# Estimation

June 2, 2021

Back to: Fundamentals of Signal Processing

We can use an inference of measured data x(n) and y(n) to derive an estimate (Ĥ) of the true H. We must first collect a limited number of data samples x(n) and y(n). From the finite set, we can then infer the likely value of H and use the calculated value for Ĥ. Thus, we can only estimate H.

ObserVIEW offers several estimators; all are calculated using estimates of cross-spectral density S_{yx}(f) and power spectral densities S _{xx}(f) and S_{yy}(f).

We do not know the p(n) and q(n) values in a typical system. We only have the x and y value corrupted by measurement noise w and v.

**What is the best estimate Ĥ(f) of the true transfer function H(f)?**

There is an infinite number of options. Some estimates are better than others, and some are more complex. For example, Ĥ=0 is an estimate but not often a good one.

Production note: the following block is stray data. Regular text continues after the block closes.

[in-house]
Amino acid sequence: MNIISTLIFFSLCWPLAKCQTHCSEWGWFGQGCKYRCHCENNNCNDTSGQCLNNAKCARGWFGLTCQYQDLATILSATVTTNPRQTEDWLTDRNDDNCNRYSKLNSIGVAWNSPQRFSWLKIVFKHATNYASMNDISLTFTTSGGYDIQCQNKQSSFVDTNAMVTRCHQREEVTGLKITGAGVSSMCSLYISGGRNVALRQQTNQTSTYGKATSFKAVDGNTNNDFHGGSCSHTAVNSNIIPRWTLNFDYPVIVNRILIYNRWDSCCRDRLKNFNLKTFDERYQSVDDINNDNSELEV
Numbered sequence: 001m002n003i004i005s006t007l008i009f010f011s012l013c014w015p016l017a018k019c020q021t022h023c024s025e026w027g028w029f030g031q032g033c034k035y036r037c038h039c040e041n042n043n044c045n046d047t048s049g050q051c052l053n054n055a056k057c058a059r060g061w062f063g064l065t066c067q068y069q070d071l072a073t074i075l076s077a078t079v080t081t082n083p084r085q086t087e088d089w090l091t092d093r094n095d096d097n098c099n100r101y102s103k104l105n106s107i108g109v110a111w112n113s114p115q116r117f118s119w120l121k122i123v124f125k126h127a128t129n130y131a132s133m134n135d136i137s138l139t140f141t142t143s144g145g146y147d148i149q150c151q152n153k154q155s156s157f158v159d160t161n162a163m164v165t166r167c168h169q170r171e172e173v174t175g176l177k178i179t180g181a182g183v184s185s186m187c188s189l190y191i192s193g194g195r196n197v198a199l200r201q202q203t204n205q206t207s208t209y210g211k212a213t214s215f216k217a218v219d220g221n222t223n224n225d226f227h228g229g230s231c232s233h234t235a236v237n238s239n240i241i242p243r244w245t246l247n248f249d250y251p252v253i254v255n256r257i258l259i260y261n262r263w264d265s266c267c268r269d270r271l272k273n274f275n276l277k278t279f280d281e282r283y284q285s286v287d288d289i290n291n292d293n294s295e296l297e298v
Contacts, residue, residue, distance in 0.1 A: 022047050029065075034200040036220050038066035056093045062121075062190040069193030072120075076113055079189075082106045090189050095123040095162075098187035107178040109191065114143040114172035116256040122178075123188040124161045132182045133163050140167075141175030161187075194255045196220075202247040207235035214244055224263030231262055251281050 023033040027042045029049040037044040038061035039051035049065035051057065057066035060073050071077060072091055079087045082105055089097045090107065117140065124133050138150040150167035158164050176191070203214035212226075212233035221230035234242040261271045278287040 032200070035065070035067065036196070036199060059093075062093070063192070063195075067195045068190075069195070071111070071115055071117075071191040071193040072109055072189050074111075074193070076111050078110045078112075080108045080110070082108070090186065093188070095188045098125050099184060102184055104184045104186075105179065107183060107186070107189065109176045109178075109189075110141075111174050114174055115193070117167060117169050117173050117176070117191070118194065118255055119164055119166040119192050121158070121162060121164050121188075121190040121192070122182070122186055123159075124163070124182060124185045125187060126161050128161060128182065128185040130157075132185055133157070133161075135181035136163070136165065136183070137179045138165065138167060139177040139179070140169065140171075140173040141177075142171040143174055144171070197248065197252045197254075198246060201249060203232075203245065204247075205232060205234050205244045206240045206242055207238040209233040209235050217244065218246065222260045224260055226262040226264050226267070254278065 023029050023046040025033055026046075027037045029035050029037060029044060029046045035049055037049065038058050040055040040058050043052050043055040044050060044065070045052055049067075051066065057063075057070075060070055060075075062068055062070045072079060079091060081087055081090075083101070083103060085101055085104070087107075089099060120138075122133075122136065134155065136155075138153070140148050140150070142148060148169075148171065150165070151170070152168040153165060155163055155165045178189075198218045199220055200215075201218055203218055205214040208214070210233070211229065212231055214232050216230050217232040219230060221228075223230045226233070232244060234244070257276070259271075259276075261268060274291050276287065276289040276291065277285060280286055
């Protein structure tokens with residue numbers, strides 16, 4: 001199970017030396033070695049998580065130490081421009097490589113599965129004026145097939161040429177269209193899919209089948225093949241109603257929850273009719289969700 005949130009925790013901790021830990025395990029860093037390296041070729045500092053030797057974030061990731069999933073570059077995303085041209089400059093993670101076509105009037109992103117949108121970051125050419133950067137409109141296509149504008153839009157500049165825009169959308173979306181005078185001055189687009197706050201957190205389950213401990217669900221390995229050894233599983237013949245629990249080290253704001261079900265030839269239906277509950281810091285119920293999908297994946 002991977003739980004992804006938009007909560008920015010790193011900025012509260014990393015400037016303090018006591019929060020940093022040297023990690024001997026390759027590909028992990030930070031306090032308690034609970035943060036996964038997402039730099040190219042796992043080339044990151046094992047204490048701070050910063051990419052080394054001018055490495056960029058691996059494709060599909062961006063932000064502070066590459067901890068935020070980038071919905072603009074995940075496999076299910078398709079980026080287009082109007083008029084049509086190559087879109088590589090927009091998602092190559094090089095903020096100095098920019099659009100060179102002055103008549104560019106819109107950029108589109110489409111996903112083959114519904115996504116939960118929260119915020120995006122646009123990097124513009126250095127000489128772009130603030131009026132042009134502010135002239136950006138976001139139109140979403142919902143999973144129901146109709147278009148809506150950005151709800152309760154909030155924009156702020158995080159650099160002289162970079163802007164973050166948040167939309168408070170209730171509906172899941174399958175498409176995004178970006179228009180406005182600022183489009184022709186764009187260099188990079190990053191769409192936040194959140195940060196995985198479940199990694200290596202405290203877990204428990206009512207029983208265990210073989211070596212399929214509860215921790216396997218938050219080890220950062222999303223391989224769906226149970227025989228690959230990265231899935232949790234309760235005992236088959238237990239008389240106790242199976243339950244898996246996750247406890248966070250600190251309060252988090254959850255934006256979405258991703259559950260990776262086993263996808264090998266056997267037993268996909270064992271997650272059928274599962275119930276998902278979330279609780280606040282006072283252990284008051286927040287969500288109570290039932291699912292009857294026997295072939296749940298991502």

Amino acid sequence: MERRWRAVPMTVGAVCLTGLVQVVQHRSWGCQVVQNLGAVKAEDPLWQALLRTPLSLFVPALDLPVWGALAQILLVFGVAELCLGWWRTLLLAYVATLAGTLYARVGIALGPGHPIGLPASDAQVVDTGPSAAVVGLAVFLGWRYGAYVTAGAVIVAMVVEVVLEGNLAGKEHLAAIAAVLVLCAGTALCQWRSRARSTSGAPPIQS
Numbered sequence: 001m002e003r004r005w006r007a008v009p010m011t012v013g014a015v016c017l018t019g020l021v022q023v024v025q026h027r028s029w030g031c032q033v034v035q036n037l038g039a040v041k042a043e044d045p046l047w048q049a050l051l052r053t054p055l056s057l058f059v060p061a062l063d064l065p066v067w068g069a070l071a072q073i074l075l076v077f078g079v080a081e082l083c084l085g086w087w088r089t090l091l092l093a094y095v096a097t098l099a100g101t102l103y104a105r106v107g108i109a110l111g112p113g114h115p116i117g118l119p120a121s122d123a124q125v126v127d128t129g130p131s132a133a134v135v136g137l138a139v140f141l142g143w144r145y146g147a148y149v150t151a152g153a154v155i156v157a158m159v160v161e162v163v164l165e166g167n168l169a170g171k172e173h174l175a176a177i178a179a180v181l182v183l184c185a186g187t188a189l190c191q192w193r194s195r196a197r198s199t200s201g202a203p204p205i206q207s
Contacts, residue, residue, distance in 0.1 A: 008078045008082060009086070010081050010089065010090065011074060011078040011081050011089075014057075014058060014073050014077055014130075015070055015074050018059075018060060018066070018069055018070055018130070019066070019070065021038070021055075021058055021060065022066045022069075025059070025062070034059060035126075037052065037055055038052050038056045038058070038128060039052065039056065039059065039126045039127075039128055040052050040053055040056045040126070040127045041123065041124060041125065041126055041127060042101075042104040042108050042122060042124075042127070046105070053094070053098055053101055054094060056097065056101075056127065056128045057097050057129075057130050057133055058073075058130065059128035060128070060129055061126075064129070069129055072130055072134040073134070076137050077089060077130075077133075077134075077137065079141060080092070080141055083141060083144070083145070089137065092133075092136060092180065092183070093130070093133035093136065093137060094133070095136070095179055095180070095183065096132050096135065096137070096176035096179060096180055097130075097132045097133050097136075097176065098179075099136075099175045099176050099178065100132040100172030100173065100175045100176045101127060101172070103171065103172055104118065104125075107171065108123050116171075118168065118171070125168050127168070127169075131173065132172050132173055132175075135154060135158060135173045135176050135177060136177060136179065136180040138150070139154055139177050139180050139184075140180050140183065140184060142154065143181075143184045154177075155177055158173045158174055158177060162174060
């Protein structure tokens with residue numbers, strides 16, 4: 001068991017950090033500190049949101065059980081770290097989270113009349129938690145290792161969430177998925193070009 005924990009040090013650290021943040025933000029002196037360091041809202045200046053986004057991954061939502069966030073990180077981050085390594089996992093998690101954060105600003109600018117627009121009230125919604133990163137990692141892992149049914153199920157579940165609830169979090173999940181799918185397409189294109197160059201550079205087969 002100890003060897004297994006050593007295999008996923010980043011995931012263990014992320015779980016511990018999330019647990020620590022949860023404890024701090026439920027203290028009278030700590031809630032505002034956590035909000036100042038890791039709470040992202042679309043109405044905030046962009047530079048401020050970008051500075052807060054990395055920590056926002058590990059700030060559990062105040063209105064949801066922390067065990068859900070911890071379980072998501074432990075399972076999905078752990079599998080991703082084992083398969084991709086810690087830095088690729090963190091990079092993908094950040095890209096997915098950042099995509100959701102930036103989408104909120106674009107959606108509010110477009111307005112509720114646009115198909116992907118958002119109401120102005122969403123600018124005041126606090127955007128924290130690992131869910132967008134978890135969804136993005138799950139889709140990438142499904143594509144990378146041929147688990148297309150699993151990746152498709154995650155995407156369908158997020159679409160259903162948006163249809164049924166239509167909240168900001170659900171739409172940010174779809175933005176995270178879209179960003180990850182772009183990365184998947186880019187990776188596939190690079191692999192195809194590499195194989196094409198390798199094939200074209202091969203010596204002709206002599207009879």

### Directions for Estimation

No matter the estimator, all estimates start the same, and samples must be collected. In a system, an analog-to-digital converter (ADC) often performs this step. After data sampling, there are additional directions one can take for estimation.

#### Time Series Analysis

Time series analysis typically refers to the direct use of time sample data. This type of analysis attempts to find some pattern in the data.

For example, trend analysis may calculate the line or some higher order polynomial that best fits the x-y data (often in least-squares). This technique can be traced back to Gauss in the 18th century. There are many texts available that deal with time series analysis.

#### Spectral Analysis

In this type of analysis, time data is first projected onto a sequence of basis functions. The result may be referenced as the spectrum or transform of the data. One of the most common bases is the set of complex exponential functions {eiωt}. The resulting transform is typically called the Fourier transform.

The estimates used by ObserVIEW are computed using spectral techniques and are computed using PSD and cross-spectral density estimates.

#### Eigen Analysis

Eigen Analysis is nearly the same as spectral analysis, but the basis functions are eigenfunctions and the transform is eigendecomposition. An example of eigendecomposition is singular value-decomposition (SVD).